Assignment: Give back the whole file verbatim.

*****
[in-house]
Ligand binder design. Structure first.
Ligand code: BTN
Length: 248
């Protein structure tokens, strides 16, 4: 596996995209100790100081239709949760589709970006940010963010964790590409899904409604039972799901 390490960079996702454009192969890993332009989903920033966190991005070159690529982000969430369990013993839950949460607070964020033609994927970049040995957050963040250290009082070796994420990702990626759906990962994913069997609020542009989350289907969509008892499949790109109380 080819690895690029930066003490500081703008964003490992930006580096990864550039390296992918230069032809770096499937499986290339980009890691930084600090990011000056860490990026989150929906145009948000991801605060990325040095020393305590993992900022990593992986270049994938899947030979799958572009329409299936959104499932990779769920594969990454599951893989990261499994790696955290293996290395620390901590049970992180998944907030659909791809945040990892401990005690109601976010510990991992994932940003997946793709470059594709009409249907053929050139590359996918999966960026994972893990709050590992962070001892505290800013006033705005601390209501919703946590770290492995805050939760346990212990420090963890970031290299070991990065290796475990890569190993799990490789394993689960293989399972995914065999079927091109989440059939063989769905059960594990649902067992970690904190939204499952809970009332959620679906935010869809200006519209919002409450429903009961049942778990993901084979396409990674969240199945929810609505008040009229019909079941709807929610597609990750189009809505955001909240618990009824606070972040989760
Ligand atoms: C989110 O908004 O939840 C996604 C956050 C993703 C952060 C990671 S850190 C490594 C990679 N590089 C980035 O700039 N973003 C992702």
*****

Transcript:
[in-house]
Ligand binder design. Structure first.
Ligand code: BTN
Length: 248
């Protein structure tokens, strides 16, 4: 596996995209100790100081239709949760589709970006940010963010964790590409899904409604039972799901 390490960079996702454009192969890993332009989903920033966190991005070159690529982000969430369990013993839950949460607070964020033609994927970049040995957050963040250290009082070796994420990702990626759906990962994913069997609020542009989350289907969509008892499949790109109380 080819690895690029930066003490500081703008964003490992930006580096990864550039390296992918230069032809770096499937499986290339980009890691930084600090990011000056860490990026989150929906145009948000991801605060990325040095020393305590993992900022990593992986270049994938899947030979799958572009329409299936959104499932990779769920594969990454599951893989990261499994790696955290293996290395620390901590049970992180998944907030659909791809945040990892401990005690109601976010510990991992994932940003997946793709470059594709009409249907053929050139590359996918999966960026994972893990709050590992962070001892505290800013006033705005601390209501919703946590770290492995805050939760346990212990420090963890970031290299070991990065290796475990890569190993799990490789394993689960293989399972995914065999079927091109989440059939063989769905059960594990649902067992970690904190939204499952809970009332959620679906935010869809200006519209919002409450429903009961049942778990993901084979396409990674969240199945929810609505008040009229019909079941709807929610597609990750189009809505955001909240618990009824606070972040989760
Ligand atoms: C989110 O908004 O939840 C996604 C956050 C993703 C952060 C990671 S850190 C490594 C990679 N590089 C980035 O700039 N973003 C992702």